In 2010, actors Steve Coogan and Rob Brydon (BBC's "Gavin & Stacey") teamed up with director Michael Winterbottom ("Jude", "24 Hour Party People") to create a show called "The Trip." Steve Coogan, playing a fictionalized version of himself, is asked by the Observer to travel around the British countryside, dine at some of the best restaurants and write reviews about the experience. When his girlfriend backs out at the last minute, he asks his friend Rob Brydon, also fictionalized, to accompany him. As they drive around, they talk about their lives, the television and film industries (both are in the industry, but their fictionalized selves seem to be having a harder time of it) and their relationships. Since both men seem fond of doing impressions, we also get a lot of those.
"The Trip" began as a television series, but Winterbottom edited the series down into a self-contained movie which is what we experienced on this side of the Atlantic. It was a fun romp through the beautiful countryside, with occasional splashes of beautiful looking food and a lot of very funny impressions.
Coogan, Brydon and Winterbottom seem to recognize that this isn't exactly enough to flesh out a film, so we have very brief glimpses into each of the mean's fictionalized lives. I suspect this is the result of editing six half hour shows down into a single 100 minute long film. When these moments do come up, they seem both necessary and superfluous - we need something to keep us interested in the two main characters beyond their riffs on food, life in Britain and Michael Caine impersonations, but the moments are so brief they almost seem to be a distraction. Also, because they belong to the fictionalized Steve Coogan and Rob Brydon, they don't seem all that relevant. But "The Trip" is a funny, enjoyable jaunt through the countryside.
Now four years later, they are taking "The Trip to Italy". It is basically the same movie, with the same conversations, dramatic moments and supporting characters, but set in Italy. They drive around in a Mini looking for highly-rated trattorias to have lunch in; they spend a lot of time on the road, this time talking about Alanis Morissette because that is the only CD they have and Rob can't get the iPod to work. As they drive along the windy roads, through the lush countryside, they talk about their lives, their relationships and their work. When they stop to eat, they eat well, enjoying some scrumptious food along the way.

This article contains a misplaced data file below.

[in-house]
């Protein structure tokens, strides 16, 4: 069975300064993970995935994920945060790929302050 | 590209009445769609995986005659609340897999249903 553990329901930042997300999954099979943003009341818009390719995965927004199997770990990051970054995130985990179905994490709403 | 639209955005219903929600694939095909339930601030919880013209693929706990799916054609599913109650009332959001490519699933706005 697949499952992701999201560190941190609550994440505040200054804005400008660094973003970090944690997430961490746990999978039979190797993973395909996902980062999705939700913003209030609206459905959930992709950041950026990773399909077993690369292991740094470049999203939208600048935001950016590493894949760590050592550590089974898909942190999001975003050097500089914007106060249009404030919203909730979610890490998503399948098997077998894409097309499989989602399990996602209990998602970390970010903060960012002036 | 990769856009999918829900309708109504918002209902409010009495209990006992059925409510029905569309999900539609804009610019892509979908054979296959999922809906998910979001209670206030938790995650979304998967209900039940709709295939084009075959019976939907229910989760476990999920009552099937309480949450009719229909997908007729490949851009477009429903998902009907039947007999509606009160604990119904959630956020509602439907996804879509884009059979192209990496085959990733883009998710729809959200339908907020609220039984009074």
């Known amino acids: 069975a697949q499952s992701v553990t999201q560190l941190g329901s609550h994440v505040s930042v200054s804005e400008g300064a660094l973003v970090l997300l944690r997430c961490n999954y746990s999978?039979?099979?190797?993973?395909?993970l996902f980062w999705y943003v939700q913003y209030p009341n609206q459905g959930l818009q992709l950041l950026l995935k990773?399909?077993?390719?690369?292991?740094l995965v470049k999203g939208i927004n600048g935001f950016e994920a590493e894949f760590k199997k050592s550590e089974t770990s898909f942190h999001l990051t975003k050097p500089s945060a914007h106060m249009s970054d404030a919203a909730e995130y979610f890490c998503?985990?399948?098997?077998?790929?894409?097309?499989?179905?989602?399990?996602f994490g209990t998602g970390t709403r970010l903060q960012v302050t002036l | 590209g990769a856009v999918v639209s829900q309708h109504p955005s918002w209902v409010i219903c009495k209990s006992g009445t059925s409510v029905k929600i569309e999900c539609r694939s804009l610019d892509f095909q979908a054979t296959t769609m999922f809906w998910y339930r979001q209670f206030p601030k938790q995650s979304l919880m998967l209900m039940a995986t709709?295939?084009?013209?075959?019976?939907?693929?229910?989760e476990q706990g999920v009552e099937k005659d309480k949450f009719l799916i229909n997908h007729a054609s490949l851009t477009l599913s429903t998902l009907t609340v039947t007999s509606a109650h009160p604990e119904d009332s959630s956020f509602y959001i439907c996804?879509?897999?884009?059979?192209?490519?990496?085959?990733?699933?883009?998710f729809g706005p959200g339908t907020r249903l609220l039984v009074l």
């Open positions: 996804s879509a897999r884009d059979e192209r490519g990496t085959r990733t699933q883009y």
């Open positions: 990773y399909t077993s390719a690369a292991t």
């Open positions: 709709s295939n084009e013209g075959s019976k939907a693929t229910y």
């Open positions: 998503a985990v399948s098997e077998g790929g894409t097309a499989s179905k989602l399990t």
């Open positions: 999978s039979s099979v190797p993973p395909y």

It seems like the attributes for fictional Steve and fictional Rob have been switched. This time, Steve is concerned about his fourteen-year-old son and Rob's eye wanders despite the fact he and his wife have just had a baby.
As they drive and eat, we hear about their work. Each seems to still be struggling a little; Steve has been working on a television show in America called "The Pathologists" and Rob is up for a role in the new Michael Mann film.
Early on Steve reminds Rob that he extracted a promise that they would be doing no impressions on this trip. That is quickly pushed aside because Rob doesn't seem to like silence very much and wants to make his friend laugh. A particular riff on the three lead actors in "The Dark Knight Rises" (Michael Caine, Christian Bale & Tom Hardy) is very funny. These are joined by impressions of Hugh Grant, Al Pacino, more Michael Caine and many others.
The fictionalized family elements seem to be an afterthought. The moments are too brief to register and just seem to interrupt the flow. I suspect these moments were a little more prevalent in the series but due to time restraints, they were cut down. Why include them at all? They do provide some context and give us something to identify with, but these moments are just too minor. Both films would work better if they were even more streamlined and concentrated even more on the two actors and their almost constant riffs.
This summer we have already had two food-gasm-centric films. "Chef", directed by and starring Jon Favreau, will never let me look at a grilled cheese sandwich in the same way again. In "The Hundred-Foot Journey", director Lasse Hallstrom treats us to very indulgent shots of scrumptious food from two different cultures. I was less impressed by Winterbottom's presentation of the food in "Italy". On the first trip, the food looks delicious and we see very quick shots of the preparation of their meals before the plates are brought out and placed in front of Coogan and Brydon. In "Italy", the same method is used, but it seems less impressive somehow. Don't get me wrong, the food looks amazing- but in "Chef" and "Journey", the food made you drool. In "Italy", it just piques your interest. Winterbottom seems to concentrate less energy and time on the food, but the difference is, in actuality, very slight. It just seems like he isn't as interested this time around.
In the beginning of "Italy", Coogan and Brydon make the de riguer self-referential comments about sequels never being as good as the original. And they have a point - "Italy" isn't as good as the original "Trip". It is good, but there is a been-there, done-that feeling about everything and the food isn't as stomach-rumble inducing as other food-centric films. That said, there are some very funny moments, enough to make it worth watching a bargain matinee.